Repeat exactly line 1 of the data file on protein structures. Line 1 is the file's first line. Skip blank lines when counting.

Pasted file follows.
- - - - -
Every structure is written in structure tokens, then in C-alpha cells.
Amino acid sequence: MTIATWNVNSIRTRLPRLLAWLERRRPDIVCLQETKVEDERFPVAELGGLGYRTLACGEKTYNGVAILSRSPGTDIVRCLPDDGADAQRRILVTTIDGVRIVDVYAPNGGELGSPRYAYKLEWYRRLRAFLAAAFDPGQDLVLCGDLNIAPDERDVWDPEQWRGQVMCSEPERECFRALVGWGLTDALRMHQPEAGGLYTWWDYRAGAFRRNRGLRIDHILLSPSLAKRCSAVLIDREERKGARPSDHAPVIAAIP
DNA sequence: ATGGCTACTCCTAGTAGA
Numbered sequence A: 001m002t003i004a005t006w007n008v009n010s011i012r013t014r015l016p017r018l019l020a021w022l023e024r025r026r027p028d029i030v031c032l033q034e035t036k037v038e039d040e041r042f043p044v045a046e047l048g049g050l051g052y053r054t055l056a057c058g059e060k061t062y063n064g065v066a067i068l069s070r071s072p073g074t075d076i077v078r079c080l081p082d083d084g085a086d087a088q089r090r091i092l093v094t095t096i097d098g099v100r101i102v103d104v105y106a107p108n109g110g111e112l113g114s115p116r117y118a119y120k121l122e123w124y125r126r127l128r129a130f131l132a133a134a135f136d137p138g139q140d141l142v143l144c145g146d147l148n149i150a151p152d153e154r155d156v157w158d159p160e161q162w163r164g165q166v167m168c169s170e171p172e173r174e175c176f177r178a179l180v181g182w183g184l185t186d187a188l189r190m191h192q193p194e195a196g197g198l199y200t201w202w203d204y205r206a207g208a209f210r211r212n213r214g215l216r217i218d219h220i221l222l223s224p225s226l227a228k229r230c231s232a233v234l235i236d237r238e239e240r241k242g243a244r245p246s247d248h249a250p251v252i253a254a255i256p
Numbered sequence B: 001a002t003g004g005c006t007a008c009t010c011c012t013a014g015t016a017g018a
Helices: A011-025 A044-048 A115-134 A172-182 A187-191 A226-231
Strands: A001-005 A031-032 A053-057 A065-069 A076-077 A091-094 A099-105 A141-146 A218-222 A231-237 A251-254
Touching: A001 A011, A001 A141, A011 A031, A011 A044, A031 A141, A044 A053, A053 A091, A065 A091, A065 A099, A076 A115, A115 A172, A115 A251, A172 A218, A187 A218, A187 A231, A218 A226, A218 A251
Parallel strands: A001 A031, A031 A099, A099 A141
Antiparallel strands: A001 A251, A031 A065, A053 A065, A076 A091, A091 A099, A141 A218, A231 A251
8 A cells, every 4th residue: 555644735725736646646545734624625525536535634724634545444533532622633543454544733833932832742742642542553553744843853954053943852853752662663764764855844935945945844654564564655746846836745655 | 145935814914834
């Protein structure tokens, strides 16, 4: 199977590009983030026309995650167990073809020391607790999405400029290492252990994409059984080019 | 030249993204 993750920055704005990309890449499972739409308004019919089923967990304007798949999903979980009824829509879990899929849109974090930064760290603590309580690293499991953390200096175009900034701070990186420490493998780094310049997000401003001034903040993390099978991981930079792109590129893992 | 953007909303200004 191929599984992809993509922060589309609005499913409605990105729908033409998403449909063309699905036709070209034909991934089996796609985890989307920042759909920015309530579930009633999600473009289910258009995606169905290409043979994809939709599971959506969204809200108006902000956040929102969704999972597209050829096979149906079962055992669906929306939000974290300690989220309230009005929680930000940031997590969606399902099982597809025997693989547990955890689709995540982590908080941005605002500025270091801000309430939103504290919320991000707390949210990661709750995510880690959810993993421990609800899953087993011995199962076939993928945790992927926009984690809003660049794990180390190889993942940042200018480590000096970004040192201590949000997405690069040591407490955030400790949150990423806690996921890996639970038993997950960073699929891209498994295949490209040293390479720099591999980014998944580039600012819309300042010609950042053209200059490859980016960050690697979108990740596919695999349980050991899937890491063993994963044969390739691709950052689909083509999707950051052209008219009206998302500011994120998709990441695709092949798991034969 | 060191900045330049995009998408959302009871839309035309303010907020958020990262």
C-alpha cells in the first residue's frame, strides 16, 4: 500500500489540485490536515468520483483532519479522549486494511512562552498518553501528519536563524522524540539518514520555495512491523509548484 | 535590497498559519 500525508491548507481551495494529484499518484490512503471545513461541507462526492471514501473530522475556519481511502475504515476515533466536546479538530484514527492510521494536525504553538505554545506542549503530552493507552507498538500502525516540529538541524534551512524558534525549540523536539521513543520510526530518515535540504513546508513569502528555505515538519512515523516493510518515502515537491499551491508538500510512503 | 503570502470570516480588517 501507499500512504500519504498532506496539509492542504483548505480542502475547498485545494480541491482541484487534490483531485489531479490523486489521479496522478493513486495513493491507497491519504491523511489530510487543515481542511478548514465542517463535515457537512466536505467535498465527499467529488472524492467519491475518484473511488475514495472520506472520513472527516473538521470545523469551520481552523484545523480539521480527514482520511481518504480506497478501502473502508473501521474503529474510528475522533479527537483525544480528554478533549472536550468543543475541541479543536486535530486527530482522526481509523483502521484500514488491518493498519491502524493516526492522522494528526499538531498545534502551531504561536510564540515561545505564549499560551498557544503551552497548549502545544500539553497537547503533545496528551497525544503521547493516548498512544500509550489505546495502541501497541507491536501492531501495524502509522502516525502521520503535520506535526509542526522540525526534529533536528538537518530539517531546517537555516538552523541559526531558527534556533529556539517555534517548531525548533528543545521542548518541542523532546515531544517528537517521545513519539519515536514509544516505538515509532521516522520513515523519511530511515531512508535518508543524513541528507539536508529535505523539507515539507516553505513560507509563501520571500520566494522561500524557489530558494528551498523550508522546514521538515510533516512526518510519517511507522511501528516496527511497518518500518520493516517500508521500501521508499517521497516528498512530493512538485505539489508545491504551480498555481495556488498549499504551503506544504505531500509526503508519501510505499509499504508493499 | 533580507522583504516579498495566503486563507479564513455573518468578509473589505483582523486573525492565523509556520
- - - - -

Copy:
Every structure is written in structure tokens, then in C-alpha cells.